Even as the propaganda grows more strident, however, observers note that the crowds supporting the rallies are dwindling. Considering Boston's Irishness, they were in fact never very large. The death of each striker draws less media attention. Will the protesters, frustrated by lack of coverage, turn increasingly to violence?
That has already happened. The Beacon Hill residence of British Consul General McKearney has been the scene of well-staged protests, which have occasionally included City Councillor Raymond Flynn. Slogans have been painted, the consul's door spray-painted, and at least four bricks hurled through windows. The police, even when present, failed to stop the damage. Last week, finally, Mayor Kevin H. White responded to appeals for protection of diplomatic premises -- the very kind of protection which, when it was withdrawn from the American Embassy in Tehran, enraged Bostonians. He has now directed the police commissioner to keep protesters off Chestnut Street.
Is the violence indigenous? Many think not. Mr. McKearney (who, like many Englishmen, is of Irish descent) talks of encountering protest leaders on his doorstep with beards, black berets, combat jackets, and "broad Irish accents" -- paid agitators, he thinks, recently sent over from Belfast to foment protests.
What can Boston do, then, to bring clarity to this confusion?
Is there a way, first, that generous Irish-Americans can be sure their money is going to nonterrorist purposes? Yes, says former Mayor John Collins: Contribute to the Ireland Fund. The nationwide fund, which has raised $1 million since it began in the mid-70s, has the approval of the Irish Embassy and supports Irish projects involving culture, peace, and charity.
Second, what about the propaganda? Most of it is based on two premises: that Ireland's difficulties can be traced to the British, and that answers must be instantaneous. From these notions spring the contention that the IRA terrorists are the good guys. What is needed is a much greater effort -- by the vast majority of responsible middle-class Irish-Americans who deplore violence -- to demand more than simple answers. It is not enough to allow the steretypes of nationalism -- sympathy for or hatred of either the British or the Irish -- to dictate the solution to problems which, at bottom, affect individuals regardless of nationally. The more one talks with the people involved -- as I have both here and, last year, in Belfast -- the more one realizes that a quality most needed, a word most frequently used, is patience.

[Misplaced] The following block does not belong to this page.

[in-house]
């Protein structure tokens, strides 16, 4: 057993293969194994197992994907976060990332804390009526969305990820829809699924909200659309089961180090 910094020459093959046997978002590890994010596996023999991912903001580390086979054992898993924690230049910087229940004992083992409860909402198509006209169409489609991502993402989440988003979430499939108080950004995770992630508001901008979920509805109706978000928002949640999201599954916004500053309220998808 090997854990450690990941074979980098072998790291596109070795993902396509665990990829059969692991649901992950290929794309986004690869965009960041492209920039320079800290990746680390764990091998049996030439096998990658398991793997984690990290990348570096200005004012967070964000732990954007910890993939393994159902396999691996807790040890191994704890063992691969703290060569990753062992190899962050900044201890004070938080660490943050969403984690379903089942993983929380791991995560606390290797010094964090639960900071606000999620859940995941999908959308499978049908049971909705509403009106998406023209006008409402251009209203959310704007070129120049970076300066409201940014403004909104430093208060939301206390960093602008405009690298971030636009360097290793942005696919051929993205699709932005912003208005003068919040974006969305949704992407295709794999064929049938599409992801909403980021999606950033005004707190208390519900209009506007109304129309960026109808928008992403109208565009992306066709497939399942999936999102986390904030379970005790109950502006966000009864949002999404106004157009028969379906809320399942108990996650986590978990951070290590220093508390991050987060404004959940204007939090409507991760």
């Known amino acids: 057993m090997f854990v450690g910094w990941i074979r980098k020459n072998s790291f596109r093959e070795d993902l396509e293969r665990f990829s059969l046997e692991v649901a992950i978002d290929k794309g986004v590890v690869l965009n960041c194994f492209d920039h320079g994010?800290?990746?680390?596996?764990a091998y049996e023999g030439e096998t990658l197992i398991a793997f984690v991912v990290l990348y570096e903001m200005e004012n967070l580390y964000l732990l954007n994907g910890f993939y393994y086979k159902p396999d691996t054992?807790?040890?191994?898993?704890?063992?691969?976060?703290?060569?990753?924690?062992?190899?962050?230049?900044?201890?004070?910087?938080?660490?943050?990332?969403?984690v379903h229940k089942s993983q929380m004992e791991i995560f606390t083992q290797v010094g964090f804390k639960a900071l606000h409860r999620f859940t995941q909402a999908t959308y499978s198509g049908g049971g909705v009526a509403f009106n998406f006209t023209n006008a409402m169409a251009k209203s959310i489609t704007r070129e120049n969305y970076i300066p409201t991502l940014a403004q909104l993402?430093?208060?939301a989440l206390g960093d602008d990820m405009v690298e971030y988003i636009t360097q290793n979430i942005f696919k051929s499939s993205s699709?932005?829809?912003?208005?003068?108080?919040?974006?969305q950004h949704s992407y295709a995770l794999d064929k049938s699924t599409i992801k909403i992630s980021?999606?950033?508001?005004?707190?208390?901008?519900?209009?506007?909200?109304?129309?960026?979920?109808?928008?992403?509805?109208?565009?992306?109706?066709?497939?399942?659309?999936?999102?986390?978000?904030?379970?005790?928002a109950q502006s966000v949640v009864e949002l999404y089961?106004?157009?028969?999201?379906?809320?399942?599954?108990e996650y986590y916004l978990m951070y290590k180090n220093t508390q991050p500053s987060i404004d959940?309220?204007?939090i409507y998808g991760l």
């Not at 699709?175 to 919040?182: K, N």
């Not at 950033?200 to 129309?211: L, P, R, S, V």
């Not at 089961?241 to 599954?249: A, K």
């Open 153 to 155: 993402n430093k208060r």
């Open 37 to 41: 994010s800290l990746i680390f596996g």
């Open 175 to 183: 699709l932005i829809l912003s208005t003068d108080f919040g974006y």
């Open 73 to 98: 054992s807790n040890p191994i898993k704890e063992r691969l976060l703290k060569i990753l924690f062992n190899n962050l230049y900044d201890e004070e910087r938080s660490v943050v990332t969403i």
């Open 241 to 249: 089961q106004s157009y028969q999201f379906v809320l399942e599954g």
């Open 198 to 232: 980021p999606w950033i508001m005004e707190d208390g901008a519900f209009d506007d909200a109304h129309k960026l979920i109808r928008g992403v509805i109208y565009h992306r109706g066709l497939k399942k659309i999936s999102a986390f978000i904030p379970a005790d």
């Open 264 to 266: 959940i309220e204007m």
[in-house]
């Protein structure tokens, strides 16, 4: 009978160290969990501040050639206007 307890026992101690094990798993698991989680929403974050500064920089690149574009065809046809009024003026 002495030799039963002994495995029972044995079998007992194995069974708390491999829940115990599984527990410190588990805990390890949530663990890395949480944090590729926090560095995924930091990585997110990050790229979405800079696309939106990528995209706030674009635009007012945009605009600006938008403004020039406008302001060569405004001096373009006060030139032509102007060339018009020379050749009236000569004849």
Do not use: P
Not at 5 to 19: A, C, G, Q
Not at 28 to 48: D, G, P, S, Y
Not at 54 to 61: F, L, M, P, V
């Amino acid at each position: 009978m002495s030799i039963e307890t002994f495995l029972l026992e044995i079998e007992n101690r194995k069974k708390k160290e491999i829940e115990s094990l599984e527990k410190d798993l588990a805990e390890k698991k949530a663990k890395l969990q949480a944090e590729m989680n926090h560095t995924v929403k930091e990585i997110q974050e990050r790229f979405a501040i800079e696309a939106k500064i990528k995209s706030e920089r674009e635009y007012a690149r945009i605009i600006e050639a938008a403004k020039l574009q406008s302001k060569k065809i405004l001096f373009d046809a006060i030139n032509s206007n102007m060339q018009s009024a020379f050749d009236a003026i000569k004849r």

And the violence? Terrorism has no future without it. So its perpetrators have little interest in ending the conflict -- and have resolutely tried to interfere with British-Irish and Protestant-Catholic initiatives. Yet common to all sides -- as responsible church leaders on both sides are increasingly realizing -- remains the promise that must eventually overrule the terrorism. It is a promise which remains as true for Boston as for Belfast: that, in the words of Isaiah, "Violence shall no more be heard in thy land, wasting nor destruction within thy borders."